As farmers, ranchers and rural Mississippians continue to suffer from prolonged flooding, the American Farm Bureau Federation has been working with the Mississippi Farm Bureau Federation to find their members some relief.
AFBF President Zippy Duvall has shown support for Mississippi’s flood victims by writing a letter to U.S. Environmental Protection Agency Administrator Andrew Wheeler to encourage the completion of the Yazoo Backwater Pump Project in the South Delta of Mississippi which was vetoed in 2008 by the Environmental Protection Agency under the authority of the Clean Water Act.
In his letter, Duvall explains the history of the Yazoo Backwater Pump Project, as well as the impact the Mississippi Delta is experiencing from the project not being completed.
“This project is one of the final components of the Mississippi River & Tributaries Project (MR&T) enacted by the Flood Control Act of 1941 that has yet to be completed,” Duvall stated in his letter. “In essence, this pump station would provide flood relief for residents in the South Delta who are subject to backwater flooding from planned use of river control structures administered by the U.S. Army Corp of Engineers, under the MR&T plan.”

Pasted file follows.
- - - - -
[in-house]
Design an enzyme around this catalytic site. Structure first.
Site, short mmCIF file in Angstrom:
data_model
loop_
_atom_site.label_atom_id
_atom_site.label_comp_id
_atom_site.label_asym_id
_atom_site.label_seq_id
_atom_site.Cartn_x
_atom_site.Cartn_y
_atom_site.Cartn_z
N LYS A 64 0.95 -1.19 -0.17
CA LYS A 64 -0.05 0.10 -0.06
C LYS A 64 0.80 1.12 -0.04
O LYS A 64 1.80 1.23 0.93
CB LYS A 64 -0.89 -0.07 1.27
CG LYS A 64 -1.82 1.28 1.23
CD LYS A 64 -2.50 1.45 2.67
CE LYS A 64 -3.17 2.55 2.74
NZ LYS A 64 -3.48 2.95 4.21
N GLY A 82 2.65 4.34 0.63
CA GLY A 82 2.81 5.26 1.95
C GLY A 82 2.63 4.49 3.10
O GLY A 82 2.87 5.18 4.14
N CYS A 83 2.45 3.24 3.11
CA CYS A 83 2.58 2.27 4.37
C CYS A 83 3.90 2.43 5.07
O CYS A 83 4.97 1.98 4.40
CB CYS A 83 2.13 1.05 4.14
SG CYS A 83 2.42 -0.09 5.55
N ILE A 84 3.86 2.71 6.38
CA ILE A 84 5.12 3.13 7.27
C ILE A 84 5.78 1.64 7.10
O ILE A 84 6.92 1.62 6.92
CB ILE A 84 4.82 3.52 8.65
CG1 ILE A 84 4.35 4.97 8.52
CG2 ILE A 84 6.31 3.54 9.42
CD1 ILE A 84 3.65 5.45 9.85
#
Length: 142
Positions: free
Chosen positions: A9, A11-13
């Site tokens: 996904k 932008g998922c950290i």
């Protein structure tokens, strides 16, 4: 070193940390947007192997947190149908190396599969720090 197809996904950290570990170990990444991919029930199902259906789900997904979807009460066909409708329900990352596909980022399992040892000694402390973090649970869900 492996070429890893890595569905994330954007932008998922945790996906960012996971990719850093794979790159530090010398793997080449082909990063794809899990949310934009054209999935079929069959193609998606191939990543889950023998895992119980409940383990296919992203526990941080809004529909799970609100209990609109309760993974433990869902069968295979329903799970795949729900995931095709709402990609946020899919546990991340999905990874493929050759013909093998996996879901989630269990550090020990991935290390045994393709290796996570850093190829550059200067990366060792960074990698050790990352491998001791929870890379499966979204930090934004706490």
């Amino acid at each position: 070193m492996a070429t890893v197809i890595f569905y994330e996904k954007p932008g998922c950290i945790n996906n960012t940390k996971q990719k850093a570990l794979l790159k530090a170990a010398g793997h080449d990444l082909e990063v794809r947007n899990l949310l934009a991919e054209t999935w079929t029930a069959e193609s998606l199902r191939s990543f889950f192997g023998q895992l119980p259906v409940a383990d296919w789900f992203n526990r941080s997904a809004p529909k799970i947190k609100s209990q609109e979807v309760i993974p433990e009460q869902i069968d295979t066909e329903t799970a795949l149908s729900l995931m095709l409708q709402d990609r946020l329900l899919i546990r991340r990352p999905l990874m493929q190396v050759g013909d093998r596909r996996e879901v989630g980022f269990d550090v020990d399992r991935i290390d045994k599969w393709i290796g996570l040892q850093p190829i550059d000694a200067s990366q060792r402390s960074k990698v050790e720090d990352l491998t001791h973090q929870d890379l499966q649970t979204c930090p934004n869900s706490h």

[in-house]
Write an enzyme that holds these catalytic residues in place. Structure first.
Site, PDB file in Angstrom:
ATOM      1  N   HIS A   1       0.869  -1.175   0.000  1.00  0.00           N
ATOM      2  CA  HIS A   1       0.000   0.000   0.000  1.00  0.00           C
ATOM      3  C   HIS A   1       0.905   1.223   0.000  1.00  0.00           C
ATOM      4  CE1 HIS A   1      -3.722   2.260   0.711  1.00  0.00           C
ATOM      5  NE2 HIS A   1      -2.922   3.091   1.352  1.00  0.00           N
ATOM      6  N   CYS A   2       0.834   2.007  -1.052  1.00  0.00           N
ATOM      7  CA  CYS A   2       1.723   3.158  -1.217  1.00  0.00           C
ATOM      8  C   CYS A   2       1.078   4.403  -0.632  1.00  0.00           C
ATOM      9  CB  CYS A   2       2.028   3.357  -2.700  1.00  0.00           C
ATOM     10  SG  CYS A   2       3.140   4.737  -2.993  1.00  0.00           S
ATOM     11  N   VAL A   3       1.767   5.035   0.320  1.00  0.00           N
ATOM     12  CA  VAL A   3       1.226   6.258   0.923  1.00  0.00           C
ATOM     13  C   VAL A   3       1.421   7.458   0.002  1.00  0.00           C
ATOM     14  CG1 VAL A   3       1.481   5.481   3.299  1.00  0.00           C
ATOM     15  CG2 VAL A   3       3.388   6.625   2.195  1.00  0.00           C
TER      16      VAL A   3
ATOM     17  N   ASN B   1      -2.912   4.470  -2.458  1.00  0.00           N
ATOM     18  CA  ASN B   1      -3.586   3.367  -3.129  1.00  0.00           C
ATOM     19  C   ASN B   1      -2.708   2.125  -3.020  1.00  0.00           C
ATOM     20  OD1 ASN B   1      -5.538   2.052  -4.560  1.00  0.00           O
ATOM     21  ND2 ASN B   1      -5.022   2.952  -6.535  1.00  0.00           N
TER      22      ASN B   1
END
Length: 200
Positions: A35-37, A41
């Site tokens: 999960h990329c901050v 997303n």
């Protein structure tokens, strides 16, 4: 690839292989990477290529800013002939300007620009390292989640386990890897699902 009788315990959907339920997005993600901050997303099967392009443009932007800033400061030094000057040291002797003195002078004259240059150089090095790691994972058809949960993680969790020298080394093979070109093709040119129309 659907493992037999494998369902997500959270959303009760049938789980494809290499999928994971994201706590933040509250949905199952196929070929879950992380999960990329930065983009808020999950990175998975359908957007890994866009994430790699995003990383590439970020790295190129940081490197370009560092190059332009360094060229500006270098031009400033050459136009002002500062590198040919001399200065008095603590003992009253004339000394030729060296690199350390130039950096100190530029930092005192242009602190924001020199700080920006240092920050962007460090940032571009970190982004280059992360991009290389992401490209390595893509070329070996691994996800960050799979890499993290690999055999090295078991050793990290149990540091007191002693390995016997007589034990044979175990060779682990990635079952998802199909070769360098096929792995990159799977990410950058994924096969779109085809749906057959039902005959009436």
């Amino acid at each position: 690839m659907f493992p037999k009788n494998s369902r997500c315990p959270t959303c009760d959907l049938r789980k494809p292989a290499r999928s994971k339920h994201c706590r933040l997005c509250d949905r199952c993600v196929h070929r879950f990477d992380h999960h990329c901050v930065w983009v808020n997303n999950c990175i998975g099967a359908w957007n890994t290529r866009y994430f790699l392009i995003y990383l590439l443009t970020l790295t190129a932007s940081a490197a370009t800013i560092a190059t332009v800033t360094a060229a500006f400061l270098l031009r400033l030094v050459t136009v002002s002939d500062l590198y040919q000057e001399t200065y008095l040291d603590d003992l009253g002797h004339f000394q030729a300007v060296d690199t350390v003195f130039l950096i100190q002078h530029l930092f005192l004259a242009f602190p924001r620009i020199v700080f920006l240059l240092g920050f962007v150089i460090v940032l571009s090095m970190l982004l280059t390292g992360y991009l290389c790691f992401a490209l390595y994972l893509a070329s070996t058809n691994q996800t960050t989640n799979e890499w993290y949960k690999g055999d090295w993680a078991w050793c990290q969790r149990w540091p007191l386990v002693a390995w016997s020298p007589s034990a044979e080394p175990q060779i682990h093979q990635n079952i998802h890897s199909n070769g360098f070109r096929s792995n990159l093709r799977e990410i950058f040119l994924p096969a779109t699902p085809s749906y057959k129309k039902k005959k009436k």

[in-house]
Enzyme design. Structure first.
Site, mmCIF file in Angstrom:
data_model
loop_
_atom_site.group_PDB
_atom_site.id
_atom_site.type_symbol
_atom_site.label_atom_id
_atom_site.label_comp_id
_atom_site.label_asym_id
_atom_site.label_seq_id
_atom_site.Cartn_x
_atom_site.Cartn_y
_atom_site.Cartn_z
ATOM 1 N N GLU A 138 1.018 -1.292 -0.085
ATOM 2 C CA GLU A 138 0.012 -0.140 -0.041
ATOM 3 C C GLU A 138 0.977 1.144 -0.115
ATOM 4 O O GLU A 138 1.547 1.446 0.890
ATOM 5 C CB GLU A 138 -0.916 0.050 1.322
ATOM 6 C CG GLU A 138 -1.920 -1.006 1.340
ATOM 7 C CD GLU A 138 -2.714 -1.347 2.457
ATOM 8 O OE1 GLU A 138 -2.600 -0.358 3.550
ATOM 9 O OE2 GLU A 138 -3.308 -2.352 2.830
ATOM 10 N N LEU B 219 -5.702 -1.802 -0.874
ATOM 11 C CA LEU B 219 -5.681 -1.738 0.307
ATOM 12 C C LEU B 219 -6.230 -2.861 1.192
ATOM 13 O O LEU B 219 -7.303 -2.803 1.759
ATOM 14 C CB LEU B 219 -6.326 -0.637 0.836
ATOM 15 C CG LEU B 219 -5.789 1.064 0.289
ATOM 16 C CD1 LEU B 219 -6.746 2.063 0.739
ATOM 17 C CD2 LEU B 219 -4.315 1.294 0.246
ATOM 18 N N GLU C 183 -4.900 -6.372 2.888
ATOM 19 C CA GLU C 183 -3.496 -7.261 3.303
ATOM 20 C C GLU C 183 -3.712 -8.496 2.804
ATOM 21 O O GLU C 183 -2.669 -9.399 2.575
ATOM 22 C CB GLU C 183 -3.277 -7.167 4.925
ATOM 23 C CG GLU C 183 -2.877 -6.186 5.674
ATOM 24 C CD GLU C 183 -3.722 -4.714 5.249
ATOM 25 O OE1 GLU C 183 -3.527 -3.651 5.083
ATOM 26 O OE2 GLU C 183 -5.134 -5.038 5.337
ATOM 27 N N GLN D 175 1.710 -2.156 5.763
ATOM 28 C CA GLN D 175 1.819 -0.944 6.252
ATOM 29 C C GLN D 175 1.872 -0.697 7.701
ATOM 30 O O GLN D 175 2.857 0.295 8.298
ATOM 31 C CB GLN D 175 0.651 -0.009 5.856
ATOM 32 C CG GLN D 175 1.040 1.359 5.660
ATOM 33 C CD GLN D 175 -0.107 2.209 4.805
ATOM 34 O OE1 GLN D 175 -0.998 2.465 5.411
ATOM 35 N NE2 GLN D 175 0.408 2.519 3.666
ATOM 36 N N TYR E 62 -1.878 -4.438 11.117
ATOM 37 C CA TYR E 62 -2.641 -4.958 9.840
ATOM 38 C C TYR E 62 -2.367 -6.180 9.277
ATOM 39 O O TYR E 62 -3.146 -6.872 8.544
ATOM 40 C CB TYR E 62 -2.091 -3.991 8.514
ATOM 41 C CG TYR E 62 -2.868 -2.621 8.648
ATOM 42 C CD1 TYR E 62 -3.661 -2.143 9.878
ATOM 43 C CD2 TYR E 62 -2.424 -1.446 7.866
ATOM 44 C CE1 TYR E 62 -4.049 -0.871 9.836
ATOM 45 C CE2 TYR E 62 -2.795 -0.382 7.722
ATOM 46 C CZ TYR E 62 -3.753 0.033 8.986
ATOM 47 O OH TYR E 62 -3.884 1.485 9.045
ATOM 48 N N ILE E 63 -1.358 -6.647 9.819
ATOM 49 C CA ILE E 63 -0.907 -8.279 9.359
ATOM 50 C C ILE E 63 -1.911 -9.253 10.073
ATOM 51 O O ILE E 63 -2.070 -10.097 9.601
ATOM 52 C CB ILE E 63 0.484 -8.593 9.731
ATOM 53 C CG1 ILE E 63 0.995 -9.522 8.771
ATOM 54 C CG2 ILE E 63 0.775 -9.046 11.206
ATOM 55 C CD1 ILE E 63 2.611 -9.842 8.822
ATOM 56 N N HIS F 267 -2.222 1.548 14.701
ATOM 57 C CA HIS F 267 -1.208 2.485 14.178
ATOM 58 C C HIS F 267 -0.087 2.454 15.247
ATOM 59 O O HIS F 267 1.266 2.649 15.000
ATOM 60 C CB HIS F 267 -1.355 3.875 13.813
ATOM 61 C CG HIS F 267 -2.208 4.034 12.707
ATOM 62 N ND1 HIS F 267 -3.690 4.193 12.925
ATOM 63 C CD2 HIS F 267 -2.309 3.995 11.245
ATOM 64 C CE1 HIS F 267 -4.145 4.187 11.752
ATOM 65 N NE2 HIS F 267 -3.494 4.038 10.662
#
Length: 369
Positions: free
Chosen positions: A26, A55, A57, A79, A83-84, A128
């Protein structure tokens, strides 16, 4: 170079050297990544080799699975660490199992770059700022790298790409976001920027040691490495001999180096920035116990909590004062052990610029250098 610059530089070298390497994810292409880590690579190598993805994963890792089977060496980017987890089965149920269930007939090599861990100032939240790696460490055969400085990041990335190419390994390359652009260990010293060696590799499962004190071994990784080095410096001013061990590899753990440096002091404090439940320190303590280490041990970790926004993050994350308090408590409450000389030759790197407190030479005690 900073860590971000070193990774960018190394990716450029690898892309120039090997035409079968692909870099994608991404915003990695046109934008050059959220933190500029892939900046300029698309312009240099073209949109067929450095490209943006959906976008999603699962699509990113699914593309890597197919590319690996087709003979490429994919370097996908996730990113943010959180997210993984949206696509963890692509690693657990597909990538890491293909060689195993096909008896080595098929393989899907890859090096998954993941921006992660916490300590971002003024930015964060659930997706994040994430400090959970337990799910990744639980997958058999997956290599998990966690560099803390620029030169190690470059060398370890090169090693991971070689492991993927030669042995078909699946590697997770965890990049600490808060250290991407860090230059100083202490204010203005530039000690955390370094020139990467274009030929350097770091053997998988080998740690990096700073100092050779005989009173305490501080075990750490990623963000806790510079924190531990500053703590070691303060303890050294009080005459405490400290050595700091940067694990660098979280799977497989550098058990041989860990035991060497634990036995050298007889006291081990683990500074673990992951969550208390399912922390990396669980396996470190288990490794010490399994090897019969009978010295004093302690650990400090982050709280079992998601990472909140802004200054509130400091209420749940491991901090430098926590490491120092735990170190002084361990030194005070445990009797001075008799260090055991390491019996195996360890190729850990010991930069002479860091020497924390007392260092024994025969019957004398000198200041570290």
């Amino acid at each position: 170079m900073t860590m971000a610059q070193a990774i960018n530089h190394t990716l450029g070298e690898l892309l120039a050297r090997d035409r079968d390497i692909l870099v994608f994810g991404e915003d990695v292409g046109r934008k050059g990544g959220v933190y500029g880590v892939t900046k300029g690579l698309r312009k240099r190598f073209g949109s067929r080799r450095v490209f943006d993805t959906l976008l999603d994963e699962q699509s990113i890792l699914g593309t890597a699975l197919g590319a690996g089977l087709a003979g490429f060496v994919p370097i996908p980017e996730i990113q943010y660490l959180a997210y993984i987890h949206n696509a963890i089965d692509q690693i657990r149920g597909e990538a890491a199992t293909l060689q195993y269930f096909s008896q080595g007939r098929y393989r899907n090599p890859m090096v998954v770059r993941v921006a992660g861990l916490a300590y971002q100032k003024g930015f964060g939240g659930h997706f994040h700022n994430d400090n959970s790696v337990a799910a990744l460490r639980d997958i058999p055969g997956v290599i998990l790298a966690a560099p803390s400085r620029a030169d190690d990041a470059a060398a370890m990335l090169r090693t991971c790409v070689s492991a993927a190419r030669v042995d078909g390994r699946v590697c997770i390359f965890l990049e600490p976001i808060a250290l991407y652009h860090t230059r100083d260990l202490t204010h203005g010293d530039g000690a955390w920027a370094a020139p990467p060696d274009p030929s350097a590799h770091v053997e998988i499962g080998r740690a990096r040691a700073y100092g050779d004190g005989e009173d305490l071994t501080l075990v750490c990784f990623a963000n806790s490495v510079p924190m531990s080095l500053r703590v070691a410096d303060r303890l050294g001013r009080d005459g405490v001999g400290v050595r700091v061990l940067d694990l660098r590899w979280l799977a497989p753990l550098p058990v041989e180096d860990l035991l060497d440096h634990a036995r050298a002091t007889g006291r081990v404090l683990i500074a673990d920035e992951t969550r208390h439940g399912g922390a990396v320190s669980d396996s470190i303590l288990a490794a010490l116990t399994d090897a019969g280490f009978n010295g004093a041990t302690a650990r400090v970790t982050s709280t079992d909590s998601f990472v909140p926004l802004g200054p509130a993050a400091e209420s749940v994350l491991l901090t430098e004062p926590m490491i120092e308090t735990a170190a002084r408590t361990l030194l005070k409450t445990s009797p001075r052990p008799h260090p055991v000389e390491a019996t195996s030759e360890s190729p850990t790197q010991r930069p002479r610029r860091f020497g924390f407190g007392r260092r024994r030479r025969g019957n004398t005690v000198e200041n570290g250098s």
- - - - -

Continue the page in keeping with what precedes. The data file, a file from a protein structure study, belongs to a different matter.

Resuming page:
“Currently, this area is experiencing one of the longest and most severe backwater flood situations since 1927. Right now, an estimated 550,000 acres are completely flooded, including 225,000 acres of farmland. This continued flooding is causing major economic harm to the residents and businesses in these communities.”
Mississippi Farm Bureau Federation President Mike McCormick expressed gratitude toward Duvall for supporting his fellow Mississippians.
“This letter is back by nearly $6 million other Farm Bureau members,” McCormick said. “AFBF supports our 182,000 members, and I am very grateful for that.”
To read Duvall’s entire letter, click here.